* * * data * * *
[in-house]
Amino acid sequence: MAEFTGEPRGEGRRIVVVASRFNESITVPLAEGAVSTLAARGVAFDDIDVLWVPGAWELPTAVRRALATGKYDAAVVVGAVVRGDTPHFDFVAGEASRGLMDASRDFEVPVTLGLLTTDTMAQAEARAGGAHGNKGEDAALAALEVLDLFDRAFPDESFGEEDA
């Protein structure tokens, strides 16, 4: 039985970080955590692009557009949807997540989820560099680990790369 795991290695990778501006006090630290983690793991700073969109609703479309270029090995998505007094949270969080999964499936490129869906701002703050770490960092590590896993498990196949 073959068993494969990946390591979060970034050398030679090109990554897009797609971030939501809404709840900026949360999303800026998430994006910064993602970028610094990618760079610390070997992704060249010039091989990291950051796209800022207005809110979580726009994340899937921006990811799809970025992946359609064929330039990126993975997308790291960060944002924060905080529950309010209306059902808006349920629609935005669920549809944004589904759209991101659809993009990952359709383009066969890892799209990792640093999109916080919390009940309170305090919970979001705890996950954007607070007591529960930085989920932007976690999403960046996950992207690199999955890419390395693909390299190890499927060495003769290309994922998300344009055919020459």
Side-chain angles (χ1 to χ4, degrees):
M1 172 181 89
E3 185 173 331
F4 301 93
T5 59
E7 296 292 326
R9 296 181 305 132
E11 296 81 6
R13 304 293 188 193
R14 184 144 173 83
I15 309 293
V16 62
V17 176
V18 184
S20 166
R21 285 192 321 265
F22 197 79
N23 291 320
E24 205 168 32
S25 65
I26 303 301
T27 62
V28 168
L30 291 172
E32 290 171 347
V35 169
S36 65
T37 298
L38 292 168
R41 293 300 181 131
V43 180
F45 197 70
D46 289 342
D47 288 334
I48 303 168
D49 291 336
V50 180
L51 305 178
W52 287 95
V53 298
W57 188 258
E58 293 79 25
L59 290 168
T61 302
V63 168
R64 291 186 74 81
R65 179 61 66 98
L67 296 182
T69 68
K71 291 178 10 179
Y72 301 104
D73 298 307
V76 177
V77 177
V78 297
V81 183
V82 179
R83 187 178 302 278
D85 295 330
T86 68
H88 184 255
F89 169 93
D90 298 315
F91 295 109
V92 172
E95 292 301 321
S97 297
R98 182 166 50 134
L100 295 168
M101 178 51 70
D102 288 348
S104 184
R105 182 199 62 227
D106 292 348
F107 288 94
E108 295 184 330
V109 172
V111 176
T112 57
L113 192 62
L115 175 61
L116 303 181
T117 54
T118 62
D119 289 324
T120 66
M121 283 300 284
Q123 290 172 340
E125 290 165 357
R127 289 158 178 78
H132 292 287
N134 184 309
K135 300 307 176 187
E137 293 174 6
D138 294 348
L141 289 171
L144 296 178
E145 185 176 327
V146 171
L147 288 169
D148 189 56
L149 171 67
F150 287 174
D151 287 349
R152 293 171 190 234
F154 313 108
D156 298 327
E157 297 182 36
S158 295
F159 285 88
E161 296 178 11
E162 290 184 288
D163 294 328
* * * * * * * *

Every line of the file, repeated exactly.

[in-house]
Amino acid sequence: MAEFTGEPRGEGRRIVVVASRFNESITVPLAEGAVSTLAARGVAFDDIDVLWVPGAWELPTAVRRALATGKYDAAVVVGAVVRGDTPHFDFVAGEASRGLMDASRDFEVPVTLGLLTTDTMAQAEARAGGAHGNKGEDAALAALEVLDLFDRAFPDESFGEEDA
């Protein structure tokens, strides 16, 4: 039985970080955590692009557009949807997540989820560099680990790369 795991290695990778501006006090630290983690793991700073969109609703479309270029090995998505007094949270969080999964499936490129869906701002703050770490960092590590896993498990196949 073959068993494969990946390591979060970034050398030679090109990554897009797609971030939501809404709840900026949360999303800026998430994006910064993602970028610094990618760079610390070997992704060249010039091989990291950051796209800022207005809110979580726009994340899937921006990811799809970025992946359609064929330039990126993975997308790291960060944002924060905080529950309010209306059902808006349920629609935005669920549809944004589904759209991101659809993009990952359709383009066969890892799209990792640093999109916080919390009940309170305090919970979001705890996950954007607070007591529960930085989920932007976690999403960046996950992207690199999955890419390395693909390299190890499927060495003769290309994922998300344009055919020459």
Side-chain angles (χ1 to χ4, degrees):
M1 172 181 89
E3 185 173 331
F4 301 93
T5 59
E7 296 292 326
R9 296 181 305 132
E11 296 81 6
R13 304 293 188 193
R14 184 144 173 83
I15 309 293
V16 62
V17 176
V18 184
S20 166
R21 285 192 321 265
F22 197 79
N23 291 320
E24 205 168 32
S25 65
I26 303 301
T27 62
V28 168
L30 291 172
E32 290 171 347
V35 169
S36 65
T37 298
L38 292 168
R41 293 300 181 131
V43 180
F45 197 70
D46 289 342
D47 288 334
I48 303 168
D49 291 336
V50 180
L51 305 178
W52 287 95
V53 298
W57 188 258
E58 293 79 25
L59 290 168
T61 302
V63 168
R64 291 186 74 81
R65 179 61 66 98
L67 296 182
T69 68
K71 291 178 10 179
Y72 301 104
D73 298 307
V76 177
V77 177
V78 297
V81 183
V82 179
R83 187 178 302 278
D85 295 330
T86 68
H88 184 255
F89 169 93
D90 298 315
F91 295 109
V92 172
E95 292 301 321
S97 297
R98 182 166 50 134
L100 295 168
M101 178 51 70
D102 288 348
S104 184
R105 182 199 62 227
D106 292 348
F107 288 94
E108 295 184 330
V109 172
V111 176
T112 57
L113 192 62
L115 175 61
L116 303 181
T117 54
T118 62
D119 289 324
T120 66
M121 283 300 284
Q123 290 172 340
E125 290 165 357
R127 289 158 178 78
H132 292 287
N134 184 309
K135 300 307 176 187
E137 293 174 6
D138 294 348
L141 289 171
L144 296 178
E145 185 176 327
V146 171
L147 288 169
D148 189 56
L149 171 67
F150 287 174
D151 287 349
R152 293 171 190 234
F154 313 108
D156 298 327
E157 297 182 36
S158 295
F159 285 88
E161 296 178 11
E162 290 184 288
D163 294 328